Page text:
8. Melbournite says:

    Even ordinary spray paint is pretty toxic in an enclosed space. The speciality Rustoleum ones are 10x worse. Is there a reason you couldn’t take that door off and spray it elsewhere? That bad smell tells you it’s a big dose of VOCs, for you, your children and your dog.

  9. Annalee Taylor says:

    I used this on glass and had the same problem, I was able to scrape it off with a razor blade and some elbow grease! I dread paint thinner!

  10. Alison says:

    Why didn’t you cut off the bottom of the door and hang the door lower? Just curious.

    • Julia says:

      It kind of feels like hanging curtains high to extend the height of your ceiling. Once the doorway is raised it won’t look quite so weird. Also, we hope to raise the ceiling in the great room actually. We’ve been waiting until we have all the details before we spill the word officially.

  11. I’m currently in the middle of a similar project (on lower half of windows) and was wondering about the spray. I’m using clear Contact brand paper cut in a pattern and that’s working. Believe it or not, the clear looks frosted when applied to glass. I also got a different brand frosted film at Home Depot but plan to return it because I’m liking the pattern. I got the idea from the blog 7th House on the Left: http://7thhouseontheleft.com/2011/08/window/#.VEgUGvnF81I. A subtle pattern might look good on your beautiful door.

  12. Leslie says:

    I had similar results when I sprayed a window near my front door. I was debating getting the film but I thought spray would be easier. It wasn’t. While it didn’t work well on the window, I did use it to frost an old glass vase. It turned out really well!

  13. Thanks for sharing your experience. We’ve used the window film before with a good outcome, but I always wondered how the spray would turn out.

  14. qs777 says:

    I had always wondered about the spray so this post came in handy. We were also contemplating using it on some shower glass. Now I know not to but I’m not sure what to do since our shower is larger than 36″. Have you ever used the film where you had to have a seam?

  15. abby says:

    I saw the title in reader and wanted to yell “GO WITH THE FILM!!”

    I used the spray on a bathroom window after removing the mini blind…It’s so blotchy and I used almost the entire can! Now it’s seems to be deteriorating with the humidity of the bathroom. Luckily the window needs to be stripped, painted and re-roped (yay for 1920’s windows), so I will have the opportunity to use the film in the next few months.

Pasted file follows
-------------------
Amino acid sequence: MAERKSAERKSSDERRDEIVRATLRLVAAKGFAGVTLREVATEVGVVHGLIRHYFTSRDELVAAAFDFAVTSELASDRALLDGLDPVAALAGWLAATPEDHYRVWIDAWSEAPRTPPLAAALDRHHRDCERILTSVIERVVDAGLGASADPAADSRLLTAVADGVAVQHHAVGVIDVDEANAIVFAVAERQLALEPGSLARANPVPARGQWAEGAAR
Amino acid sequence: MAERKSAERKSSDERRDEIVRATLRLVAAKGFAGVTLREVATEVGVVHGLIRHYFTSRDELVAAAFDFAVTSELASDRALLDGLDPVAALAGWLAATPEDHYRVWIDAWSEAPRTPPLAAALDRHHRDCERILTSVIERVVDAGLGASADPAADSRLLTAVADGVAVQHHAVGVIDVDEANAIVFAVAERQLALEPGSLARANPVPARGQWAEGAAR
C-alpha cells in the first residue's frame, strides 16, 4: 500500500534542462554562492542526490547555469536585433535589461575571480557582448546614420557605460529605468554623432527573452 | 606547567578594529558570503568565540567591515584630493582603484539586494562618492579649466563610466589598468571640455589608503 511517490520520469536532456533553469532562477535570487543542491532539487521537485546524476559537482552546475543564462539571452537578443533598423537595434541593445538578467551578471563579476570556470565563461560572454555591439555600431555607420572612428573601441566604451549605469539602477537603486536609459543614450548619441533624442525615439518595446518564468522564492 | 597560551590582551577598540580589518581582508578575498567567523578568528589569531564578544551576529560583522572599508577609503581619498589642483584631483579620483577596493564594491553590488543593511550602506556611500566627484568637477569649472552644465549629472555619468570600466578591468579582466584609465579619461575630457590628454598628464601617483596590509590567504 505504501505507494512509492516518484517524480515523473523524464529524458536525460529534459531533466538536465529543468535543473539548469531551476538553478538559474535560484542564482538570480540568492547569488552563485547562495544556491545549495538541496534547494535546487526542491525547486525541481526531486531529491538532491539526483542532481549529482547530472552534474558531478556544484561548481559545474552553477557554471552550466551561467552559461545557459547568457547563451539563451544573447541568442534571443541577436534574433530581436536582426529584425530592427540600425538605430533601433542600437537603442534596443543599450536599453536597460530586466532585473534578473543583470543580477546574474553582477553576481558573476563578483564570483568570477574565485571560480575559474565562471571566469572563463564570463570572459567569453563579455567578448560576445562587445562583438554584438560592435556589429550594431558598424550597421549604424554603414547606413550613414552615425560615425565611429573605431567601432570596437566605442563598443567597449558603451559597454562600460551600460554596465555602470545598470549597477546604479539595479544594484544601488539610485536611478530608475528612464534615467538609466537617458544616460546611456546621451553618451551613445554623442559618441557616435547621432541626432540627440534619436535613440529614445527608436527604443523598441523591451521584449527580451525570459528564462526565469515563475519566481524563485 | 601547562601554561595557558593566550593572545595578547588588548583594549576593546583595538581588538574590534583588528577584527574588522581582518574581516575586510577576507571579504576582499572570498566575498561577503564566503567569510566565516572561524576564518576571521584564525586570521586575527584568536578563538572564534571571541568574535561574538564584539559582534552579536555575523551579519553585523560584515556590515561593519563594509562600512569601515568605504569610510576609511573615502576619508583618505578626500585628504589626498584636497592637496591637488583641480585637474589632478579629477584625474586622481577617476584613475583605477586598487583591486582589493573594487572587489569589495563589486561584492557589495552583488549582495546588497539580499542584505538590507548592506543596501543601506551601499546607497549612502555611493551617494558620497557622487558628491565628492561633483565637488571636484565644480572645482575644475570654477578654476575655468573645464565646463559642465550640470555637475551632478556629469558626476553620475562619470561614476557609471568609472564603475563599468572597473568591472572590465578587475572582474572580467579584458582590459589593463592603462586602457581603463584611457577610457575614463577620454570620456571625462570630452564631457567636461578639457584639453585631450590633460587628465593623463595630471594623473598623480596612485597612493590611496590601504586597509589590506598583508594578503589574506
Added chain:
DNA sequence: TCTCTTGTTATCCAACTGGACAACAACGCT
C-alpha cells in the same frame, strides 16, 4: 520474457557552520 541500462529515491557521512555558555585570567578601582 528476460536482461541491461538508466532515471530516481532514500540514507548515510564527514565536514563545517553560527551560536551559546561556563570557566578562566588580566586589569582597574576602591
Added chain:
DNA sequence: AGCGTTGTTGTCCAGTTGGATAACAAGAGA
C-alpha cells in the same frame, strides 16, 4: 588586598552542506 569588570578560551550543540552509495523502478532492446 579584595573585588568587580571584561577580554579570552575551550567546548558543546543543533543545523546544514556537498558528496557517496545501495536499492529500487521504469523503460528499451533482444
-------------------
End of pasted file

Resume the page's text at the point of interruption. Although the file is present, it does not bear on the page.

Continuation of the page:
16. Katy says:

    There is a window “etching” paint made by Martha Stewart, I got mine at Michaels. It doesn’t actually etch, but does give a great frosted effect. We “etched” a stencil onto a window where we wanted a little blurring/privacy. It worked perfectly. A little style via the stencil, easy coverage. I did a stencil on a mirror in a bathroom and it held up perfectly in all the steam. Just another idea. Good luck!

    • Julia says:

      Nice, Katy! I feel like a surface this large (these panes are big!), it might be too small of a product. But I’d love to try it in a different application.

  17. Anna says:

    Is the film wide enough to cover windows that large with no seam? If so, I can’t wait to see your post about the film. Your house is looking great these days!

  18. Thanks for the review. Great info!

  19. Caitlin says:

    I used that stuff in one a bathroom window in a rental. I wasn’t thinking spraying it in an enclosed small room and probably lost some brain cells. Anyway, I think you can take it off using Windex, no need for paint thinner!

    • Julia says:

      That’s the best news of the day. It coming off with Windex seems like another flaw of the product…although it definitely comes in handy with our situation. Haha

      • Allison says:

        We had the same results with the spray on a sliding glass door. We left it because we needed it for privacy. It ended up becoming more uneven (showing scratch marks) over time. Windex and some elbow grease took care of it (along with a razor blade along the edges). The good news is it cleans up just like new. I’m Team Film now, too.

  20. Nicole says:

    It’s always disappointing when things don’t work out, but I’m happy that you made the effort to try something new and share it with the interwebs. I doubt it would have made much of a difference, but I wonder if the blotchy/splotchiness would have been less noticeable if you had sprayed the other side of the glass (meaning, the side facing the mudroom, so you would still see the nice glossy glass surface)?

    • Julia says:

      Nicole, glad you brought that up! I thought the same thing, but unfortunately from the other side (standing in the laundry room) it looks just as blotchy. Although it is shiny and blotchy. Haha. I think I’ll definitely put the film on that side though.

  21. Maria says:

    I’m so glad you posted about this! I have plans to frost our shower door and now I know to stay away from the spray. Thank you for taking this one for the team!